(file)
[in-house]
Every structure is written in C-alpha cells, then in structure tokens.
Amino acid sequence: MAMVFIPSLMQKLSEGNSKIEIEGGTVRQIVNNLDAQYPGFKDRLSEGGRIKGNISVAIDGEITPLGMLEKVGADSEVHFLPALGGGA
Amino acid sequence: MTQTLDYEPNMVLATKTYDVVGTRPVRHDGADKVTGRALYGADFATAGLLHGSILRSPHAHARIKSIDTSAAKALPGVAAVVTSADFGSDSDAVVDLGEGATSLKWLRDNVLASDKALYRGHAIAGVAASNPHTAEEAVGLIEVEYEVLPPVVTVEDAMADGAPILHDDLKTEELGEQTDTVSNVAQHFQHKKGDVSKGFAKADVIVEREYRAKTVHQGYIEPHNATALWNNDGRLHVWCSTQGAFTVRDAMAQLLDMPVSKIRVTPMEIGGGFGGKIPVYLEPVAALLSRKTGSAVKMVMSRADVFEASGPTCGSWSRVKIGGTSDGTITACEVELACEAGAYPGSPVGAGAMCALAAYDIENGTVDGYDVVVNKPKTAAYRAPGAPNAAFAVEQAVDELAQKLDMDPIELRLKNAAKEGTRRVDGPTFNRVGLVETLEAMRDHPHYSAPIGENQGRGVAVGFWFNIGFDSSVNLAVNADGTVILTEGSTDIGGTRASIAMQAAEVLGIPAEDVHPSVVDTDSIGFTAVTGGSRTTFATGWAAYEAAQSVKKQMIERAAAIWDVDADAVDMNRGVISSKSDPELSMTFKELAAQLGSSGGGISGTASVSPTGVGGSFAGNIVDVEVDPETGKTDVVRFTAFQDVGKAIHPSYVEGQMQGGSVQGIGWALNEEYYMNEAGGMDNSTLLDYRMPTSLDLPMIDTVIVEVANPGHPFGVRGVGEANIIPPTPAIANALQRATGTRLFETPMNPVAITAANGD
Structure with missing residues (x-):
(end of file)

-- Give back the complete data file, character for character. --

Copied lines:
[in-house]
Every structure is written in C-alpha cells, then in structure tokens.
Amino acid sequence: MAMVFIPSLMQKLSEGNSKIEIEGGTVRQIVNNLDAQYPGFKDRLSEGGRIKGNISVAIDGEITPLGMLEKVGADSEVHFLPALGGGA
Amino acid sequence: MTQTLDYEPNMVLATKTYDVVGTRPVRHDGADKVTGRALYGADFATAGLLHGSILRSPHAHARIKSIDTSAAKALPGVAAVVTSADFGSDSDAVVDLGEGATSLKWLRDNVLASDKALYRGHAIAGVAASNPHTAEEAVGLIEVEYEVLPPVVTVEDAMADGAPILHDDLKTEELGEQTDTVSNVAQHFQHKKGDVSKGFAKADVIVEREYRAKTVHQGYIEPHNATALWNNDGRLHVWCSTQGAFTVRDAMAQLLDMPVSKIRVTPMEIGGGFGGKIPVYLEPVAALLSRKTGSAVKMVMSRADVFEASGPTCGSWSRVKIGGTSDGTITACEVELACEAGAYPGSPVGAGAMCALAAYDIENGTVDGYDVVVNKPKTAAYRAPGAPNAAFAVEQAVDELAQKLDMDPIELRLKNAAKEGTRRVDGPTFNRVGLVETLEAMRDHPHYSAPIGENQGRGVAVGFWFNIGFDSSVNLAVNADGTVILTEGSTDIGGTRASIAMQAAEVLGIPAEDVHPSVVDTDSIGFTAVTGGSRTTFATGWAAYEAAQSVKKQMIERAAAIWDVDADAVDMNRGVISSKSDPELSMTFKELAAQLGSSGGGISGTASVSPTGVGGSFAGNIVDVEVDPETGKTDVVRFTAFQDVGKAIHPSYVEGQMQGGSVQGIGWALNEEYYMNEAGGMDNSTLLDYRMPTSLDLPMIDTVIVEVANPGHPFGVRGVGEANIIPPTPAIANALQRATGTRLFETPMNPVAITAANGD
Structure with missing residues (x-):